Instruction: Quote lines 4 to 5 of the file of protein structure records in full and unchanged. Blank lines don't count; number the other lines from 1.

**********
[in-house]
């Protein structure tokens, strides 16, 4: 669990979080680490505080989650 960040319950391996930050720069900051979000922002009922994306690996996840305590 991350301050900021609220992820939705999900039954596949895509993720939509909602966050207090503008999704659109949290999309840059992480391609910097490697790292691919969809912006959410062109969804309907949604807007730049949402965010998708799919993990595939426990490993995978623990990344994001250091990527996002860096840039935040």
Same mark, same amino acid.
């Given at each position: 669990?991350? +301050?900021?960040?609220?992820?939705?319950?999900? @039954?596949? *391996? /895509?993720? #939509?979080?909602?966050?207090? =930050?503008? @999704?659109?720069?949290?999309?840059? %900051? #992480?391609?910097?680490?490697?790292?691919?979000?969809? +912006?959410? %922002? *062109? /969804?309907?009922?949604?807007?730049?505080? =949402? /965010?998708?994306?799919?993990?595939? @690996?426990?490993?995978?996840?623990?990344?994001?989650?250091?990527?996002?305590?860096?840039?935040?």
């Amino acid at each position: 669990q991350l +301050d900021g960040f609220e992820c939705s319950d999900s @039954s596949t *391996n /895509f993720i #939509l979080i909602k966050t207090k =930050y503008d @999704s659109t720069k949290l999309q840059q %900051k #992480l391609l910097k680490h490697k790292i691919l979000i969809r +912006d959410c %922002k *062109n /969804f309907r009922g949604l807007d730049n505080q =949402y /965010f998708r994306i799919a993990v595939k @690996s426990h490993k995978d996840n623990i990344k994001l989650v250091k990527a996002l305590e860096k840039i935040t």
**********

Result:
């Given at each position: 669990?991350? +301050?900021?960040?609220?992820?939705?319950?999900? @039954?596949? *391996? /895509?993720? #939509?979080?909602?966050?207090? =930050?503008? @999704?659109?720069?949290?999309?840059? %900051? #992480?391609?910097?680490?490697?790292?691919?979000?969809? +912006?959410? %922002? *062109? /969804?309907?009922?949604?807007?730049?505080? =949402? /965010?998708?994306?799919?993990?595939? @690996?426990?490993?995978?996840?623990?990344?994001?989650?250091?990527?996002?305590?860096?840039?935040?």
């Amino acid at each position: 669990q991350l +301050d900021g960040f609220e992820c939705s319950d999900s @039954s596949t *391996n /895509f993720i #939509l979080i909602k966050t207090k =930050y503008d @999704s659109t720069k949290l999309q840059q %900051k #992480l391609l910097k680490h490697k790292i691919l979000i969809r +912006d959410c %922002k *062109n /969804f309907r009922g949604l807007d730049n505080q =949402y /965010f998708r994306i799919a993990v595939k @690996s426990h490993k995978d996840n623990i990344k994001l989650v250091k990527a996002l305590e860096k840039i935040t």